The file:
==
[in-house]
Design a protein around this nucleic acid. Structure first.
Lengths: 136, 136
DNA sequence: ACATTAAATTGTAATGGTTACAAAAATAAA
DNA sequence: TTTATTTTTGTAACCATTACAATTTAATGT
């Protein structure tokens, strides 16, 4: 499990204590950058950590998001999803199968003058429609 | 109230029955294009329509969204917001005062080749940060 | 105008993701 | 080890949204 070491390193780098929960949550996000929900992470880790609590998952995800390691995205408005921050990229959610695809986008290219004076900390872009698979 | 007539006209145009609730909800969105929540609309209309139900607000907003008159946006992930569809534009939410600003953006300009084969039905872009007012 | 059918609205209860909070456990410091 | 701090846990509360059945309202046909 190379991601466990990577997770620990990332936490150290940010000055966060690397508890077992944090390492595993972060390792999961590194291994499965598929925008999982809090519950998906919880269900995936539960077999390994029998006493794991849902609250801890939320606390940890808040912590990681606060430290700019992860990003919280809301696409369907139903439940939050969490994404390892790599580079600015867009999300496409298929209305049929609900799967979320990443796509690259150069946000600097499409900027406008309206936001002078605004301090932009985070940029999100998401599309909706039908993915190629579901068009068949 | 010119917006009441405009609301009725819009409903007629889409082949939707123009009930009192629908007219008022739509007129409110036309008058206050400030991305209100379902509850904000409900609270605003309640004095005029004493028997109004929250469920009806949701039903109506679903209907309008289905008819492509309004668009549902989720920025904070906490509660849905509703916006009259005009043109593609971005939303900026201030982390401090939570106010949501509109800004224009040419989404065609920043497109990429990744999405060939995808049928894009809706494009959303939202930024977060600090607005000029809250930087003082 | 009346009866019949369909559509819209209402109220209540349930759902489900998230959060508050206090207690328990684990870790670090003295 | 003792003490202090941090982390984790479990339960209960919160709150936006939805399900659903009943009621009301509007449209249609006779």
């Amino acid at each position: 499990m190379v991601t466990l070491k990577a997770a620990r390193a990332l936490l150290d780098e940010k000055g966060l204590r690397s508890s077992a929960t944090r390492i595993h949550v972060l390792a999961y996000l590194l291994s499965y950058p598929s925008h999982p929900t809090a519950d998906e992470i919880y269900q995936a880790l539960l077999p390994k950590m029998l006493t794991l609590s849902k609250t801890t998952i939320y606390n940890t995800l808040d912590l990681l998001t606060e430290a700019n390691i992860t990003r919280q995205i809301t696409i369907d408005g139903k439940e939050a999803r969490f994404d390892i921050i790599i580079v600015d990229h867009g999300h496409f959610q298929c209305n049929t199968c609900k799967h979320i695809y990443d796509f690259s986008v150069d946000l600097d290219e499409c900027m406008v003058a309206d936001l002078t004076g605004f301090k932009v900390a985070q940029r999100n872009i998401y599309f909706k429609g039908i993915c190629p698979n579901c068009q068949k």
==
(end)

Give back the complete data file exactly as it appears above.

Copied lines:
[in-house]
Design a protein around this nucleic acid. Structure first.
Lengths: 136, 136
DNA sequence: ACATTAAATTGTAATGGTTACAAAAATAAA
DNA sequence: TTTATTTTTGTAACCATTACAATTTAATGT
């Protein structure tokens, strides 16, 4: 499990204590950058950590998001999803199968003058429609 | 109230029955294009329509969204917001005062080749940060 | 105008993701 | 080890949204 070491390193780098929960949550996000929900992470880790609590998952995800390691995205408005921050990229959610695809986008290219004076900390872009698979 | 007539006209145009609730909800969105929540609309209309139900607000907003008159946006992930569809534009939410600003953006300009084969039905872009007012 | 059918609205209860909070456990410091 | 701090846990509360059945309202046909 190379991601466990990577997770620990990332936490150290940010000055966060690397508890077992944090390492595993972060390792999961590194291994499965598929925008999982809090519950998906919880269900995936539960077999390994029998006493794991849902609250801890939320606390940890808040912590990681606060430290700019992860990003919280809301696409369907139903439940939050969490994404390892790599580079600015867009999300496409298929209305049929609900799967979320990443796509690259150069946000600097499409900027406008309206936001002078605004301090932009985070940029999100998401599309909706039908993915190629579901068009068949 | 010119917006009441405009609301009725819009409903007629889409082949939707123009009930009192629908007219008022739509007129409110036309008058206050400030991305209100379902509850904000409900609270605003309640004095005029004493028997109004929250469920009806949701039903109506679903209907309008289905008819492509309004668009549902989720920025904070906490509660849905509703916006009259005009043109593609971005939303900026201030982390401090939570106010949501509109800004224009040419989404065609920043497109990429990744999405060939995808049928894009809706494009959303939202930024977060600090607005000029809250930087003082 | 009346009866019949369909559509819209209402109220209540349930759902489900998230959060508050206090207690328990684990870790670090003295 | 003792003490202090941090982390984790479990339960209960919160709150936006939805399900659903009943009621009301509007449209249609006779």
């Amino acid at each position: 499990m190379v991601t466990l070491k990577a997770a620990r390193a990332l936490l150290d780098e940010k000055g966060l204590r690397s508890s077992a929960t944090r390492i595993h949550v972060l390792a999961y996000l590194l291994s499965y950058p598929s925008h999982p929900t809090a519950d998906e992470i919880y269900q995936a880790l539960l077999p390994k950590m029998l006493t794991l609590s849902k609250t801890t998952i939320y606390n940890t995800l808040d912590l990681l998001t606060e430290a700019n390691i992860t990003r919280q995205i809301t696409i369907d408005g139903k439940e939050a999803r969490f994404d390892i921050i790599i580079v600015d990229h867009g999300h496409f959610q298929c209305n049929t199968c609900k799967h979320i695809y990443d796509f690259s986008v150069d946000l600097d290219e499409c900027m406008v003058a309206d936001l002078t004076g605004f301090k932009v900390a985070q940029r999100n872009i998401y599309f909706k429609g039908i993915c190629p698979n579901c068009q068949k």